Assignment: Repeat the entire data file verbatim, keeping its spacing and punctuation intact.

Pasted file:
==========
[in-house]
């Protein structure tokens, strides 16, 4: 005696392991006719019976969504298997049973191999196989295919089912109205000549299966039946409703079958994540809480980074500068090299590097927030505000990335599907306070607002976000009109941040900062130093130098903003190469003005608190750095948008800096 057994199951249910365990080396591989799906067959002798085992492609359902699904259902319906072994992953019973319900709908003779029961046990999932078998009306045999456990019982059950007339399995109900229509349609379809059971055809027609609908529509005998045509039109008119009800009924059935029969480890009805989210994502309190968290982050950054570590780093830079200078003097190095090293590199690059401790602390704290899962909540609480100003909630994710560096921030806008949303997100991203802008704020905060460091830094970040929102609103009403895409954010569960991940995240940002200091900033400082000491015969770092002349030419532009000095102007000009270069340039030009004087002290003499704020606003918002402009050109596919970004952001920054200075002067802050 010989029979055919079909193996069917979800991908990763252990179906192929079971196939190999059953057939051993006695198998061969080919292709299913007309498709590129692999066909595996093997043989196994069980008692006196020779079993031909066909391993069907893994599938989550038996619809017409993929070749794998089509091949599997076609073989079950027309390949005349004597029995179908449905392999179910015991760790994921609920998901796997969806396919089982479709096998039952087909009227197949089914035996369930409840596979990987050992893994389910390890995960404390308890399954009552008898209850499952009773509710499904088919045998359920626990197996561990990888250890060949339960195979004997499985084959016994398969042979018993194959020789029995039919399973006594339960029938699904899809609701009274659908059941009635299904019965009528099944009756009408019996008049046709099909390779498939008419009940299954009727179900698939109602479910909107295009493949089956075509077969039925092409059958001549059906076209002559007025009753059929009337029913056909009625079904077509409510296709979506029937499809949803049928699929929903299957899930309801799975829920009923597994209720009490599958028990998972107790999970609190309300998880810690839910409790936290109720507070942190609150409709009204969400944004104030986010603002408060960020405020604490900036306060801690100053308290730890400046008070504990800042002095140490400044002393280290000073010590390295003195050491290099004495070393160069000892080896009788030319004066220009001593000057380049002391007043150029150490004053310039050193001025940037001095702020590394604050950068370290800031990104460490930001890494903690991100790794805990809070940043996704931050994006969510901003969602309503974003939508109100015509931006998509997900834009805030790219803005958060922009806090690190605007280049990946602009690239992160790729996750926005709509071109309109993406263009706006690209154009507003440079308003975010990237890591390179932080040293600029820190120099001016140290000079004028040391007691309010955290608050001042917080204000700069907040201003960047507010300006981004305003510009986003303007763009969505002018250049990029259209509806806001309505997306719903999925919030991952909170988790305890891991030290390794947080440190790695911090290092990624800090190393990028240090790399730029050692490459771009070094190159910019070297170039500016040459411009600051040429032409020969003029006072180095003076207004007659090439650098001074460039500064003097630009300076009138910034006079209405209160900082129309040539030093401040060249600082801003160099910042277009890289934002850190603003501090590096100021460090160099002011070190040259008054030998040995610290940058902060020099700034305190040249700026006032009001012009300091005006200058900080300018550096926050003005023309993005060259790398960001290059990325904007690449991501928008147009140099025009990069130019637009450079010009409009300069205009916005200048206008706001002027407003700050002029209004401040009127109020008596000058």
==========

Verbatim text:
[in-house]
């Protein structure tokens, strides 16, 4: 005696392991006719019976969504298997049973191999196989295919089912109205000549299966039946409703079958994540809480980074500068090299590097927030505000990335599907306070607002976000009109941040900062130093130098903003190469003005608190750095948008800096 057994199951249910365990080396591989799906067959002798085992492609359902699904259902319906072994992953019973319900709908003779029961046990999932078998009306045999456990019982059950007339399995109900229509349609379809059971055809027609609908529509005998045509039109008119009800009924059935029969480890009805989210994502309190968290982050950054570590780093830079200078003097190095090293590199690059401790602390704290899962909540609480100003909630994710560096921030806008949303997100991203802008704020905060460091830094970040929102609103009403895409954010569960991940995240940002200091900033400082000491015969770092002349030419532009000095102007000009270069340039030009004087002290003499704020606003918002402009050109596919970004952001920054200075002067802050 010989029979055919079909193996069917979800991908990763252990179906192929079971196939190999059953057939051993006695198998061969080919292709299913007309498709590129692999066909595996093997043989196994069980008692006196020779079993031909066909391993069907893994599938989550038996619809017409993929070749794998089509091949599997076609073989079950027309390949005349004597029995179908449905392999179910015991760790994921609920998901796997969806396919089982479709096998039952087909009227197949089914035996369930409840596979990987050992893994389910390890995960404390308890399954009552008898209850499952009773509710499904088919045998359920626990197996561990990888250890060949339960195979004997499985084959016994398969042979018993194959020789029995039919399973006594339960029938699904899809609701009274659908059941009635299904019965009528099944009756009408019996008049046709099909390779498939008419009940299954009727179900698939109602479910909107295009493949089956075509077969039925092409059958001549059906076209002559007025009753059929009337029913056909009625079904077509409510296709979506029937499809949803049928699929929903299957899930309801799975829920009923597994209720009490599958028990998972107790999970609190309300998880810690839910409790936290109720507070942190609150409709009204969400944004104030986010603002408060960020405020604490900036306060801690100053308290730890400046008070504990800042002095140490400044002393280290000073010590390295003195050491290099004495070393160069000892080896009788030319004066220009001593000057380049002391007043150029150490004053310039050193001025940037001095702020590394604050950068370290800031990104460490930001890494903690991100790794805990809070940043996704931050994006969510901003969602309503974003939508109100015509931006998509997900834009805030790219803005958060922009806090690190605007280049990946602009690239992160790729996750926005709509071109309109993406263009706006690209154009507003440079308003975010990237890591390179932080040293600029820190120099001016140290000079004028040391007691309010955290608050001042917080204000700069907040201003960047507010300006981004305003510009986003303007763009969505002018250049990029259209509806806001309505997306719903999925919030991952909170988790305890891991030290390794947080440190790695911090290092990624800090190393990028240090790399730029050692490459771009070094190159910019070297170039500016040459411009600051040429032409020969003029006072180095003076207004007659090439650098001074460039500064003097630009300076009138910034006079209405209160900082129309040539030093401040060249600082801003160099910042277009890289934002850190603003501090590096100021460090160099002011070190040259008054030998040995610290940058902060020099700034305190040249700026006032009001012009300091005006200058900080300018550096926050003005023309993005060259790398960001290059990325904007690449991501928008147009140099025009990069130019637009450079010009409009300069205009916005200048206008706001002027407003700050002029209004401040009127109020008596000058």